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- OUP USA
- Nagel, Thomas
- black & white illustrations
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48 Laws of Power
The Myth of Ownership
Taxes and Justiceav Liam Murphy399
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In a capitalist economy, taxes are the most important instrument by which the political system puts into practice a conception of economic and distributive justice. Taxes arouse strong passions, fueled not only by conflicts of economic self-interest, but by conflicting ideas of fairness.
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This book offers an advanced introduction to central questions in legal philosophy. What factors determine the content of the law in force? What makes a normative system a legal system? How does law beyond the state differ from domestic law? What ...
Liam Murphy, Thomas Nagel
In a capitalist economy, taxes are the most important instrument by which the political system puts into practice a conception of economic and distributive justice. Taxes arouse strong passions, fueled not only by conflicts of economic self-intere...
Recensioner i media
"Murphy and Nagel claim that pretax income is a myth, and, as such, has no moral significance.... The Myth of Ownership significantly increases the sophistication of the discussion [fairness in taxation]." Michigan Law Review
"The thoughts in this book deserve examination, especially the views of Nagel and Murphy on the self-interest each taxpayer reasonably has in the social justice purchased by hard-earned money....[They] offer ideas that would improve the national debate."David Cay Johnston,New York Times Book Review
"The Myth of Ownership...should be read by all who wish to enter the discussion regarding taxes."William Michell Law Review
"The authors very effectively argue that the taxation, such as the benefit and ability-to-pay principles, fall victim to a fatal defect. Justice in taxation cannot be assessed apart from a general theory of property rights."The Mises Review
"The best book by far on the political morality of taxation. In a clear and compelling analysis, Murphy and Nagel expose the mistake of thinking that individuals own their pretax income and they examine the social benefits of justifiable tax policy. Taking this book's message to heart would transform contemporary democratic politics."Amy Gutmann, Provost and Laurance S. Rockefeller University Professor of Politics, Princeton University
"This magnificent contribution from the distinguished philosophers Liam Murphy and Thomas Nagel reminds us that fundamental issues of justice lie at the core of often mundane debates about taxation. The provocative thesis of The Myth of Ownership that the tax system helps create, rather than conforms to, the overall system of property rights has profound policy implications. I highly recommend this engaging book and the rethinking of first principles it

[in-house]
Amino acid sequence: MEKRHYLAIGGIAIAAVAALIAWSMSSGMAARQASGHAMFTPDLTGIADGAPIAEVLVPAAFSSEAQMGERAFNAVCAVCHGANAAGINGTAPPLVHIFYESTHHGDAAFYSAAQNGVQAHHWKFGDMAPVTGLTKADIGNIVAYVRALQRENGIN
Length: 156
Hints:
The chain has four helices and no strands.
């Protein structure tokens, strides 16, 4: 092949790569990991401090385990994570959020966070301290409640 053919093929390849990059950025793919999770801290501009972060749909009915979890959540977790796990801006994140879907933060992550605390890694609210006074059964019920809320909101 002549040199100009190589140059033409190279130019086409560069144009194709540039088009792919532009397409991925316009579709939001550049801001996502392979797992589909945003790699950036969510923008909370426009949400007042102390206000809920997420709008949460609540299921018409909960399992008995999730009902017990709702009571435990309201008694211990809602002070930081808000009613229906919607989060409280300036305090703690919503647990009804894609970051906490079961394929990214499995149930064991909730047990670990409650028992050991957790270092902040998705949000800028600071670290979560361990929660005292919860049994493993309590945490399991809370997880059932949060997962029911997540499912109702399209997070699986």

inspires to anyone interested in taxation and the role of government in society and the economy."Joel Slemrod, Paul W. McCracken Collegiate Professor of Business Economics and Public Policy, University of Michigan
<br>Liam Murphy teaches law and philosophy at New York University. He is the author of Moral Demands in Nonideal Theory. Thomas Nagel teaches law and philosophy at New York University. He is the author of Moral Questions, Equality and Partiality, and The Last Word.<br>
CHAPTER 1. INTRODUCTION; CHAPTER 2. TRADITIONAL CRITERIA OF TAX EQUITY; 1. Political Morality in Tax Policy: Fairness; 2. Vertical Equity: The Distribution of Tax Burdens; 3. The Benefit Principle; 4. Ability to Pay: Endowment; 5. Ability to Pay: Equal Sacrifice; 6. Ability to Pay as an Egalitarian Idea; 7. The Problem of Everday Libertarianism; 8. Horizontal Equity; CHAPTER 3. ECONOMIC JUSTICE NI POLITICAL THEORY; 1. Political Legitimacy; 2. Consequentialism and Deontology; 3. Public Goods; 4. Benefits for Individuals; 5. Efficiency and Utilitarianism; 6. Distributive Justice, Fairness, and Priority to the Worst Off; 7. Equality of Oppotunity; 8. Legitamite Means and Individual Responsibility; 9. Rewards and Punishments; 10. Liberty and Libertarianism; 11. The Moral Significance of the Market; 12. Personal Motives and Political Values: The Moral Division of Labor; 13. Conclusion; CHAPTER 4. REDISTRIBUTION AND PUBLIC PROVISION; 1. Efficiency and Judgement; 2. Paying for Public Goods; 3. Which Goods are Public?; 4. Redistribution; 5. Transfer or Provision?; 6. Public Duties; 7. Conclusion; CHAPTER 5. THE TAX BASE; 1. Efficiency and Justice; 2. Outcomes, not Burdens; 3. The Consumption Base and Fairness to Savers; 4. Fairness as Equal Liberty; 5. Desert and the Accumulation of Capital: The Common Pool; 6. Wealth and Welfare; 7. Wealth and Opportunity; 8. Endowment and the Value of Autonomy; 9. Exclusions and Credits; 10. Transitions; CHAPTER 6. PROGRESSIVITY; 1. Graduation, Progression, Incidence, and Outcomes; 2. Assessment of Outcomes; 3. Optimal Taxation; 4. Tax Reform; CHAPTER 7. INHERITANCE; 1. The Death Tax; 2. The Tax Base of the Donee; 3. No Deduction for Donors; 4. Details and Objections; 5. Equal Opportunity and Transfer Taxation; 6. Conclusion; CHAPTER 8. TAX DISCRIMINATION; 1. Justifying Differential Treatment; 2. An Example: The Marriage Penalty; 3. Incentive Effects and Arbitrariness; CHAPTER 9. CONCLUSION: POLITICS; 1. Theory and Practice; 2. Justice and Self-Interest; 3. Plausible Policies; 4. Effective Moral Ideas; Notes; References; Index